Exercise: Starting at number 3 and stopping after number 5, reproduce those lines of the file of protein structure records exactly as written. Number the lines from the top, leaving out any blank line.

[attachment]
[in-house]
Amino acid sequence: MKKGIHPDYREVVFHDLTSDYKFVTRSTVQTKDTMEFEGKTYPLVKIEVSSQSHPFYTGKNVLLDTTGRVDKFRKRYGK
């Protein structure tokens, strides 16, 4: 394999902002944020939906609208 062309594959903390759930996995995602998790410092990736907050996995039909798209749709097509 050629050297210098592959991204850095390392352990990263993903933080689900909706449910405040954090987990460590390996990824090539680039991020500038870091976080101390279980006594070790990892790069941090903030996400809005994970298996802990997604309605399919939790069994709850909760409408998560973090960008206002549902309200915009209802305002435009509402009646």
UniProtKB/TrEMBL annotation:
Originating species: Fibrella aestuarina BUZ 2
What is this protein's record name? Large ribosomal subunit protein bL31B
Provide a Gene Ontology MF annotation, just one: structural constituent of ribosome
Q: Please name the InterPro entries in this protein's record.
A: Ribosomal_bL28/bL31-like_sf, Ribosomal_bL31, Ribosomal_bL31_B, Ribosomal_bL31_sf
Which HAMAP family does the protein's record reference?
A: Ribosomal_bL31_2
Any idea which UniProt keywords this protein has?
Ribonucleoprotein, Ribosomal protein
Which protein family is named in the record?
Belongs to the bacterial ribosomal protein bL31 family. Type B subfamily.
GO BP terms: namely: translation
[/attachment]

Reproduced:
């Protein structure tokens, strides 16, 4: 394999902002944020939906609208 062309594959903390759930996995995602998790410092990736907050996995039909798209749709097509 050629050297210098592959991204850095390392352990990263993903933080689900909706449910405040954090987990460590390996990824090539680039991020500038870091976080101390279980006594070790990892790069941090903030996400809005994970298996802990997604309605399919939790069994709850909760409408998560973090960008206002549902309200915009209802305002435009509402009646």
UniProtKB/TrEMBL annotation:
Originating species: Fibrella aestuarina BUZ 2